A good night's sleep may reduce a child's risk of becoming obese, according to a US study.
The latest research adds to a growing body of evidence that links a lack of adequate sleep to weight gain in both adults and children.
Of the children who slept 10-12 hours each night at age eight, around 12% were obese by 11, compared to 22% of those who slept less than nine hours.
The Michigan University study appears in this month's edition of Pediatrics.
Dr Julia Lumeng looked at 785 children from 10 US cities and analysed their sleep patterns, weight and height.
She said it was unclear why the results were so stark, but speculated it could be because tired children are less likely to go out and play.
Their study took into account the child's original BMI, a calculation based on height and weight, and controlled their experiment accordingly.
But they did not look at parents' weight and behaviour, which may also have an impact on the child.
However the study does tally with several others, some of which have found that hormonal changes brought on by a lack of sleep can lead to an increased appetite.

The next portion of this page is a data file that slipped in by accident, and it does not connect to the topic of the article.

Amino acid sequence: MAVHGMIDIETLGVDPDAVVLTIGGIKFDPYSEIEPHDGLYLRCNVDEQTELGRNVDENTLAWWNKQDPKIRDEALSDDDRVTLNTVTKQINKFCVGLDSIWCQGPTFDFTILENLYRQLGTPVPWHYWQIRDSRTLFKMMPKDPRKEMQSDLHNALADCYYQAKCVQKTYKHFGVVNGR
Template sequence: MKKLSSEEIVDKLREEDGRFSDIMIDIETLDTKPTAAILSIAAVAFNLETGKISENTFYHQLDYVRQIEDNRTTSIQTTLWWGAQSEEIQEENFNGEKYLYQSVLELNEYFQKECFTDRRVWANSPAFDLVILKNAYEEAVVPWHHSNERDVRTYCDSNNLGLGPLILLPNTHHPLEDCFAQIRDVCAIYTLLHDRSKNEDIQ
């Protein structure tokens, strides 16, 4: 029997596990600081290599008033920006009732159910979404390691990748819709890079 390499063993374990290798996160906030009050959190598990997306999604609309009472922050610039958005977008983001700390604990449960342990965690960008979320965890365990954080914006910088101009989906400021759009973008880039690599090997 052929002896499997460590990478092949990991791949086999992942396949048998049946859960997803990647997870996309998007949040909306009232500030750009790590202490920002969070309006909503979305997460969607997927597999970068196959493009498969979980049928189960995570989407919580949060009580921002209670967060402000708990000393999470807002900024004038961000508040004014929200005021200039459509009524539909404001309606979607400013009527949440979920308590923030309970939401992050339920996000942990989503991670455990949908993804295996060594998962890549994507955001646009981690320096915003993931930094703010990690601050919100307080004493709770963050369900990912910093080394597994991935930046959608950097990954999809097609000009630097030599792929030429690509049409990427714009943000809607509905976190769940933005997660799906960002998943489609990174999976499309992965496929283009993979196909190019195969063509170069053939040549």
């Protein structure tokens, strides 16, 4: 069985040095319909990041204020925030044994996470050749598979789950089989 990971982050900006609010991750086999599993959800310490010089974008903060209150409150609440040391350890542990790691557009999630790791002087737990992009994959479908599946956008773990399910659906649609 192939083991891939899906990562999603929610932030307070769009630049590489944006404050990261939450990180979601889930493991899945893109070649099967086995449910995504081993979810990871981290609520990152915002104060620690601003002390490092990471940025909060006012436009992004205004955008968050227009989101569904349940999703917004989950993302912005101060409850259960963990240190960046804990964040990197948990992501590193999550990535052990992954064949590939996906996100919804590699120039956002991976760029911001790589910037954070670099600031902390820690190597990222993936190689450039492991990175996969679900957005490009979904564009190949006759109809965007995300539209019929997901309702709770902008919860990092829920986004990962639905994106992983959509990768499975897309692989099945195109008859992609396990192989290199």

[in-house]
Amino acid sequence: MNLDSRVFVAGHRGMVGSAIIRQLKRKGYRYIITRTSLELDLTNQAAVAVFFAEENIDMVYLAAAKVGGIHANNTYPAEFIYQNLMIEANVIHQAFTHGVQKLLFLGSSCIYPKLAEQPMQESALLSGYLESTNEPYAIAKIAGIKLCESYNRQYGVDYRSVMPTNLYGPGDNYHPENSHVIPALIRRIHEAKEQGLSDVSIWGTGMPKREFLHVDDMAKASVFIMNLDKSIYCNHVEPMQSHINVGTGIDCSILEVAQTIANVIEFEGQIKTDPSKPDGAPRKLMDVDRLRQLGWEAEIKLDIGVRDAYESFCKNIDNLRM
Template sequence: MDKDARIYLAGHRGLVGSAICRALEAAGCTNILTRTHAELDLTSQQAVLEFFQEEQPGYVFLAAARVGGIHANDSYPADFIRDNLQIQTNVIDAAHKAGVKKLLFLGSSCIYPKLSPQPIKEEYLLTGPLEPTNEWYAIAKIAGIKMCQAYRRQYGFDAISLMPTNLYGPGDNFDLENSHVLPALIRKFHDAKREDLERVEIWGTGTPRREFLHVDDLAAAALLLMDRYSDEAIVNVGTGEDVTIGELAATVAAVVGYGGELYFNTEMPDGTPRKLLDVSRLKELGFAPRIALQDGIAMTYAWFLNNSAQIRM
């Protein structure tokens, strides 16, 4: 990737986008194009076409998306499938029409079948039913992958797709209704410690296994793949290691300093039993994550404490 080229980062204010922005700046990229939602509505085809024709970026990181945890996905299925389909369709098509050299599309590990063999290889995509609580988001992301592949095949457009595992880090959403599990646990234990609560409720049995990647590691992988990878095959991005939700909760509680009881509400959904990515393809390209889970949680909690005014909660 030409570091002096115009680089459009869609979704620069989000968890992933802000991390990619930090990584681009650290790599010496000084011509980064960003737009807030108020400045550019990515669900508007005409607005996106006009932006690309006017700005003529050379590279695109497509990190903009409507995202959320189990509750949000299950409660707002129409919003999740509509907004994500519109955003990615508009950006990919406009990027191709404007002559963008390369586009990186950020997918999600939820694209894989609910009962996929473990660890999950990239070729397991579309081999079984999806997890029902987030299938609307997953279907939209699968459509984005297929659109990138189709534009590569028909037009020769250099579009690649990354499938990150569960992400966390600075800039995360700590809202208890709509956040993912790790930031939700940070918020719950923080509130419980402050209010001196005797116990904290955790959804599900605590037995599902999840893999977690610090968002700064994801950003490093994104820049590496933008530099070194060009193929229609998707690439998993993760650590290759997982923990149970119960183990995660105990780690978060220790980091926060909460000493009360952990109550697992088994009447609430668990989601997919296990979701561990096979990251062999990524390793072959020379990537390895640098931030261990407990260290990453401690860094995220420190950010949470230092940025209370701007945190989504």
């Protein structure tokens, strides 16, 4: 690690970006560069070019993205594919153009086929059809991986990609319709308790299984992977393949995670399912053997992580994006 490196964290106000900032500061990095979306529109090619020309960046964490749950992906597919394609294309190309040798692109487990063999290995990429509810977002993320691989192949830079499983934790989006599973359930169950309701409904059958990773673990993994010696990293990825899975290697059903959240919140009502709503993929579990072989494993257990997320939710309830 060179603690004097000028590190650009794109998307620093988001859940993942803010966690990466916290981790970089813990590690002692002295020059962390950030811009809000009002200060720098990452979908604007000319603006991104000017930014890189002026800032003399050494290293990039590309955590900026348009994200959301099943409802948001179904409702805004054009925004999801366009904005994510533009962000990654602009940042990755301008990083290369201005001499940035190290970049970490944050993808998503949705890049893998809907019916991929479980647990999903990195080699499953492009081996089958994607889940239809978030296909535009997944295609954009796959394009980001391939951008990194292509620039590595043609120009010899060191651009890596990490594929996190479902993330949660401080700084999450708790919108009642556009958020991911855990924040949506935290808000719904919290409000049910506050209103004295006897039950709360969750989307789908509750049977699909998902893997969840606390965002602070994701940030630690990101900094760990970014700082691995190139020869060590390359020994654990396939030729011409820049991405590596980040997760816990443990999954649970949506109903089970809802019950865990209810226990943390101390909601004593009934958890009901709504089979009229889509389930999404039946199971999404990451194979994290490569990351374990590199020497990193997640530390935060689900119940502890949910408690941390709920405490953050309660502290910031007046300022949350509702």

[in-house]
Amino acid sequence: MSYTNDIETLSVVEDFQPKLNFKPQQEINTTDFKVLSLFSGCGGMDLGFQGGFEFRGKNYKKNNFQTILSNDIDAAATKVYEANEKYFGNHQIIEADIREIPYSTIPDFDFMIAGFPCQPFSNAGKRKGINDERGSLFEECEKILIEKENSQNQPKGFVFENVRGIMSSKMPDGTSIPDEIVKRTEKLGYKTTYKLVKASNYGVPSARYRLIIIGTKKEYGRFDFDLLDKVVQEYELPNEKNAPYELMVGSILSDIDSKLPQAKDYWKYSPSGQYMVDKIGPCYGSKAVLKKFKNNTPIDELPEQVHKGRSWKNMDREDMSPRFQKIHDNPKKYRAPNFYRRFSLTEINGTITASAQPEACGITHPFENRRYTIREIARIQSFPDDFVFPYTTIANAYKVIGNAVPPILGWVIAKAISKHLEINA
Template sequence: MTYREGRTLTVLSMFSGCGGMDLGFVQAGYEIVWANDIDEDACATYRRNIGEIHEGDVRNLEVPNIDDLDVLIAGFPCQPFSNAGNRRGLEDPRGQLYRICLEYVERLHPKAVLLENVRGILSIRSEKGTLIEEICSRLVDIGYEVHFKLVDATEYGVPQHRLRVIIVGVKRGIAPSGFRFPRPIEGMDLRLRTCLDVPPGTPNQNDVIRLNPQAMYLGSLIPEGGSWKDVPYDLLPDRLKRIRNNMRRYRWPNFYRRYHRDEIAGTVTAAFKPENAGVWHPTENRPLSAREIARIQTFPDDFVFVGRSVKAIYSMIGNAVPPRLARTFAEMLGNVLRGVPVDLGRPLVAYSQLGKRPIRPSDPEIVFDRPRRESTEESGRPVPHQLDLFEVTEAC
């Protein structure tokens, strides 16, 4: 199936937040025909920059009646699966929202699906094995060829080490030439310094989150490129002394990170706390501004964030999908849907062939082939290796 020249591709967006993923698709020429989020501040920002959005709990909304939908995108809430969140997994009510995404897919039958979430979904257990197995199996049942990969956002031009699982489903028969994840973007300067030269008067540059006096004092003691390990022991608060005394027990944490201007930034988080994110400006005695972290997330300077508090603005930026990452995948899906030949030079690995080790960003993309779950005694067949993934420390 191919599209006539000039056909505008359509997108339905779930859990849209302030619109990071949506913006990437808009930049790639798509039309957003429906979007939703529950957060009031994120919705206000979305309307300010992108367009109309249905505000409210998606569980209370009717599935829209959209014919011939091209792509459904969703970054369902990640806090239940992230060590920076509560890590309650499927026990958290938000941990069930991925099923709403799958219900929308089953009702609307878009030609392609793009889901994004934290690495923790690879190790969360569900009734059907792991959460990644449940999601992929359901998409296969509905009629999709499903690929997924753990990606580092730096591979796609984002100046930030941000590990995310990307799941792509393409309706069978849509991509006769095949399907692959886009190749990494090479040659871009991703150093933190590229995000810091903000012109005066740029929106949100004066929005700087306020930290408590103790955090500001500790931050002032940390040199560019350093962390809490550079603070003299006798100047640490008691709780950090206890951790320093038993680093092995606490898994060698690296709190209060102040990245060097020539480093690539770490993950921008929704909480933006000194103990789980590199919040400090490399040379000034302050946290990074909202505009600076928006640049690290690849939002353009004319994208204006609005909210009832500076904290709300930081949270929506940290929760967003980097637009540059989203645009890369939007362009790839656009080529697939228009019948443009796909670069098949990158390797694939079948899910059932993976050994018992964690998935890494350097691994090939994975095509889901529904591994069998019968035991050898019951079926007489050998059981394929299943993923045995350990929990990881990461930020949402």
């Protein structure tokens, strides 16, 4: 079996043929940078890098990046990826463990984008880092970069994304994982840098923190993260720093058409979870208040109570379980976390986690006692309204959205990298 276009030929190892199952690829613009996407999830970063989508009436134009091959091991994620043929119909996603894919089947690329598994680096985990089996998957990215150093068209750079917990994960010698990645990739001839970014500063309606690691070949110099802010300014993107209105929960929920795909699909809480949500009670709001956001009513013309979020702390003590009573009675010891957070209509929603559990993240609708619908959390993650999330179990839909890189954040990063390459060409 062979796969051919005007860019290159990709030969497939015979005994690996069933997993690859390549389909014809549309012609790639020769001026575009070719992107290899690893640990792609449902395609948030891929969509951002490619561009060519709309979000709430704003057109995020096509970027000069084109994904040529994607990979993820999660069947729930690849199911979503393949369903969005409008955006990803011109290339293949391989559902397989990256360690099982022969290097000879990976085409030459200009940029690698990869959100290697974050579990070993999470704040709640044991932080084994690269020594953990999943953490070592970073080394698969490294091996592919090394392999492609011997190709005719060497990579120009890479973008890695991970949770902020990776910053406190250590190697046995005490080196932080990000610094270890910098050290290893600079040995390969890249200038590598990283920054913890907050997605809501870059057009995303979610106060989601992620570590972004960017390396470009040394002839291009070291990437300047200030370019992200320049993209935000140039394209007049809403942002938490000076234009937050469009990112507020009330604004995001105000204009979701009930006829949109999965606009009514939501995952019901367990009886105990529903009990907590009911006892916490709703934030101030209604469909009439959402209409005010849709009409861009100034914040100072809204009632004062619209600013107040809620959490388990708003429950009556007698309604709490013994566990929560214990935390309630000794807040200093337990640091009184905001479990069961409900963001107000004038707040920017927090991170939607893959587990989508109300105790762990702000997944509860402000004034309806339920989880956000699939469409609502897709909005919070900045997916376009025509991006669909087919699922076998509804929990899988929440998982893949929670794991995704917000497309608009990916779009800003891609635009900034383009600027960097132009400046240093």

Bristol University research found that people who habitually slept just five hours each night had 15% more ghrelin, a hormone which increases feelings of hunger, than those who slept for eight hours.
A further study found those who slept little were more likely to eat calorie-rich sweet and starchy food during the day.
It has even been suggested that the link may hark back to prehistoric times, when humans stored up on fat during the summer months when food was plentiful and they slept less as a result of the shorter nights.
"We are just starting to work out the mechanisms: hormones play a role, but a lack of physical activity, which tires you out, could well be a factor too," said Dr Sharhad Taheri, who has studied the relationship between sleep and obesity closely.
"Parents need to realise the importance of sleep. Taking televisions and gadgets out of bedrooms could be a really good start." ( BBC )